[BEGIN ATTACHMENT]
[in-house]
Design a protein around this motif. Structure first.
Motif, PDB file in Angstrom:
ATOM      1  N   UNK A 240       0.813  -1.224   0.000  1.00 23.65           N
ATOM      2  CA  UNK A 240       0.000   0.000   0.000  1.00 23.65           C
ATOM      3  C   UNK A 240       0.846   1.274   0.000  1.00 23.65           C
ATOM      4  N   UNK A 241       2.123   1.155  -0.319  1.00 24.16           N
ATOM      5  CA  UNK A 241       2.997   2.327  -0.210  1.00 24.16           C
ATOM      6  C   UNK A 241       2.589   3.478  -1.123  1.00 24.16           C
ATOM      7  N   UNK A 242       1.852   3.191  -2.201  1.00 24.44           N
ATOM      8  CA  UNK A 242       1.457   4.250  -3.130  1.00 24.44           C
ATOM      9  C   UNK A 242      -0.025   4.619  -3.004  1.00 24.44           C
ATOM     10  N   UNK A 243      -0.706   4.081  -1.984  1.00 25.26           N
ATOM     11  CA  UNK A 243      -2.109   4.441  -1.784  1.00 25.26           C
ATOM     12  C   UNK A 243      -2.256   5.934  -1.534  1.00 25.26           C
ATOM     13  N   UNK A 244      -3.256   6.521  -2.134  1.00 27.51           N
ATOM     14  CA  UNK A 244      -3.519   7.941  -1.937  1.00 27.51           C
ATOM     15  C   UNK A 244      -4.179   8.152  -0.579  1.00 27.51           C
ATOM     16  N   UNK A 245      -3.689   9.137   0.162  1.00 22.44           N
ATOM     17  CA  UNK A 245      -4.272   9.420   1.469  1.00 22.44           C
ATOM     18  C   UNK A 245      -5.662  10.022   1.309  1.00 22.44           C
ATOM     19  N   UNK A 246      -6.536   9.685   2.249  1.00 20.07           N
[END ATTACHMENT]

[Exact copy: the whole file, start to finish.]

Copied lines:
[in-house]
Design a protein around this motif. Structure first.
Motif, PDB file in Angstrom:
ATOM      1  N   UNK A 240       0.813  -1.224   0.000  1.00 23.65           N
ATOM      2  CA  UNK A 240       0.000   0.000   0.000  1.00 23.65           C
ATOM      3  C   UNK A 240       0.846   1.274   0.000  1.00 23.65           C
ATOM      4  N   UNK A 241       2.123   1.155  -0.319  1.00 24.16           N
ATOM      5  CA  UNK A 241       2.997   2.327  -0.210  1.00 24.16           C
ATOM      6  C   UNK A 241       2.589   3.478  -1.123  1.00 24.16           C
ATOM      7  N   UNK A 242       1.852   3.191  -2.201  1.00 24.44           N
ATOM      8  CA  UNK A 242       1.457   4.250  -3.130  1.00 24.44           C
ATOM      9  C   UNK A 242      -0.025   4.619  -3.004  1.00 24.44           C
ATOM     10  N   UNK A 243      -0.706   4.081  -1.984  1.00 25.26           N
ATOM     11  CA  UNK A 243      -2.109   4.441  -1.784  1.00 25.26           C
ATOM     12  C   UNK A 243      -2.256   5.934  -1.534  1.00 25.26           C
ATOM     13  N   UNK A 244      -3.256   6.521  -2.134  1.00 27.51           N
ATOM     14  CA  UNK A 244      -3.519   7.941  -1.937  1.00 27.51           C
ATOM     15  C   UNK A 244      -4.179   8.152  -0.579  1.00 27.51           C
ATOM     16  N   UNK A 245      -3.689   9.137   0.162  1.00 22.44           N
ATOM     17  CA  UNK A 245      -4.272   9.420   1.469  1.00 22.44           C
ATOM     18  C   UNK A 245      -5.662  10.022   1.309  1.00 22.44           C
ATOM     19  N   UNK A 246      -6.536   9.685   2.249  1.00 20.07           N